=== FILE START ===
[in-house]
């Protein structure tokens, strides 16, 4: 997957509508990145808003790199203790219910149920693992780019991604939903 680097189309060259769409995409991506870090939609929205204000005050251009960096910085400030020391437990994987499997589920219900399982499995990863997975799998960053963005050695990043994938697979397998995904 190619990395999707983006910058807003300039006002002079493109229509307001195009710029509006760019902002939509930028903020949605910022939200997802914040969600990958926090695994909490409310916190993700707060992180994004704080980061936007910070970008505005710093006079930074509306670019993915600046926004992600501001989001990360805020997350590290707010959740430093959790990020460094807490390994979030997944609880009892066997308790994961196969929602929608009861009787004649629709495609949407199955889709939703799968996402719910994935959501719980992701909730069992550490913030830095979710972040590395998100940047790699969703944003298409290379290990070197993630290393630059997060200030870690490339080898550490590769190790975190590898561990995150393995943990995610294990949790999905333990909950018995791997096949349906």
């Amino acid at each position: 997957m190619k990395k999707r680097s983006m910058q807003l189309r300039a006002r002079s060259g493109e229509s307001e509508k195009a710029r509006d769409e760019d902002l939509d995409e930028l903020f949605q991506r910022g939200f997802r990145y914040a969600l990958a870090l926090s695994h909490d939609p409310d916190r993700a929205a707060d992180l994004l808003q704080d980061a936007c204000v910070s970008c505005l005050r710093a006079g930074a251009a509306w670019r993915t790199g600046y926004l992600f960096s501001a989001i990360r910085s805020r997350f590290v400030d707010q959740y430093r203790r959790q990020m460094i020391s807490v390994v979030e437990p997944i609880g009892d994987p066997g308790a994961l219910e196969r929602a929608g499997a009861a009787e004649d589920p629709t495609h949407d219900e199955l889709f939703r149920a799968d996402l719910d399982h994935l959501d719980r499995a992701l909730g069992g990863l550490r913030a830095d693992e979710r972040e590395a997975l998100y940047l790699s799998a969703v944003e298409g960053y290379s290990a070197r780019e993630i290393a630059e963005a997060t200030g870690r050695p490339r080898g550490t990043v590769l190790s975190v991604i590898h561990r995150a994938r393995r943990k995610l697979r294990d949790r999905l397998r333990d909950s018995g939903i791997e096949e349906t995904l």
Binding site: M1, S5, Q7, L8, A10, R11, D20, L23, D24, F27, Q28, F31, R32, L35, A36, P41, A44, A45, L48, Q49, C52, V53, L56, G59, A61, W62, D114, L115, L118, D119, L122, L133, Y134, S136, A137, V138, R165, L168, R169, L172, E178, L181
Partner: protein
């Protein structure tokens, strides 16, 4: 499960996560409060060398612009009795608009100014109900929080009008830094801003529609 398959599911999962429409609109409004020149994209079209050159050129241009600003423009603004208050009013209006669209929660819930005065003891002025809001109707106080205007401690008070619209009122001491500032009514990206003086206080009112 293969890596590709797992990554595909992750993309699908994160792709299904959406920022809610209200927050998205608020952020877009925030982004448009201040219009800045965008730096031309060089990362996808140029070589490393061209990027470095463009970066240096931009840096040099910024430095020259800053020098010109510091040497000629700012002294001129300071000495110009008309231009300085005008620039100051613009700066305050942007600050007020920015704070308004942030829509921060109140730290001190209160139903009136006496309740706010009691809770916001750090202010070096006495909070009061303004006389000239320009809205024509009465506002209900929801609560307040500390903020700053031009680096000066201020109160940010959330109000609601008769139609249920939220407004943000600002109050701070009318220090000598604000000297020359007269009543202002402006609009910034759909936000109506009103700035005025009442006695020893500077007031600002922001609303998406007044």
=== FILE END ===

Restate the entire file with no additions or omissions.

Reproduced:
[in-house]
């Protein structure tokens, strides 16, 4: 997957509508990145808003790199203790219910149920693992780019991604939903 680097189309060259769409995409991506870090939609929205204000005050251009960096910085400030020391437990994987499997589920219900399982499995990863997975799998960053963005050695990043994938697979397998995904 190619990395999707983006910058807003300039006002002079493109229509307001195009710029509006760019902002939509930028903020949605910022939200997802914040969600990958926090695994909490409310916190993700707060992180994004704080980061936007910070970008505005710093006079930074509306670019993915600046926004992600501001989001990360805020997350590290707010959740430093959790990020460094807490390994979030997944609880009892066997308790994961196969929602929608009861009787004649629709495609949407199955889709939703799968996402719910994935959501719980992701909730069992550490913030830095979710972040590395998100940047790699969703944003298409290379290990070197993630290393630059997060200030870690490339080898550490590769190790975190590898561990995150393995943990995610294990949790999905333990909950018995791997096949349906």
């Amino acid at each position: 997957m190619k990395k999707r680097s983006m910058q807003l189309r300039a006002r002079s060259g493109e229509s307001e509508k195009a710029r509006d769409e760019d902002l939509d995409e930028l903020f949605q991506r910022g939200f997802r990145y914040a969600l990958a870090l926090s695994h909490d939609p409310d916190r993700a929205a707060d992180l994004l808003q704080d980061a936007c204000v910070s970008c505005l005050r710093a006079g930074a251009a509306w670019r993915t790199g600046y926004l992600f960096s501001a989001i990360r910085s805020r997350f590290v400030d707010q959740y430093r203790r959790q990020m460094i020391s807490v390994v979030e437990p997944i609880g009892d994987p066997g308790a994961l219910e196969r929602a929608g499997a009861a009787e004649d589920p629709t495609h949407d219900e199955l889709f939703r149920a799968d996402l719910d399982h994935l959501d719980r499995a992701l909730g069992g990863l550490r913030a830095d693992e979710r972040e590395a997975l998100y940047l790699s799998a969703v944003e298409g960053y290379s290990a070197r780019e993630i290393a630059e963005a997060t200030g870690r050695p490339r080898g550490t990043v590769l190790s975190v991604i590898h561990r995150a994938r393995r943990k995610l697979r294990d949790r999905l397998r333990d909950s018995g939903i791997e096949e349906t995904l």
Binding site: M1, S5, Q7, L8, A10, R11, D20, L23, D24, F27, Q28, F31, R32, L35, A36, P41, A44, A45, L48, Q49, C52, V53, L56, G59, A61, W62, D114, L115, L118, D119, L122, L133, Y134, S136, A137, V138, R165, L168, R169, L172, E178, L181
Partner: protein
């Protein structure tokens, strides 16, 4: 499960996560409060060398612009009795608009100014109900929080009008830094801003529609 398959599911999962429409609109409004020149994209079209050159050129241009600003423009603004208050009013209006669209929660819930005065003891002025809001109707106080205007401690008070619209009122001491500032009514990206003086206080009112 293969890596590709797992990554595909992750993309699908994160792709299904959406920022809610209200927050998205608020952020877009925030982004448009201040219009800045965008730096031309060089990362996808140029070589490393061209990027470095463009970066240096931009840096040099910024430095020259800053020098010109510091040497000629700012002294001129300071000495110009008309231009300085005008620039100051613009700066305050942007600050007020920015704070308004942030829509921060109140730290001190209160139903009136006496309740706010009691809770916001750090202010070096006495909070009061303004006389000239320009809205024509009465506002209900929801609560307040500390903020700053031009680096000066201020109160940010959330109000609601008769139609249920939220407004943000600002109050701070009318220090000598604000000297020359007269009543202002402006609009910034759909936000109506009103700035005025009442006695020893500077007031600002922001609303998406007044």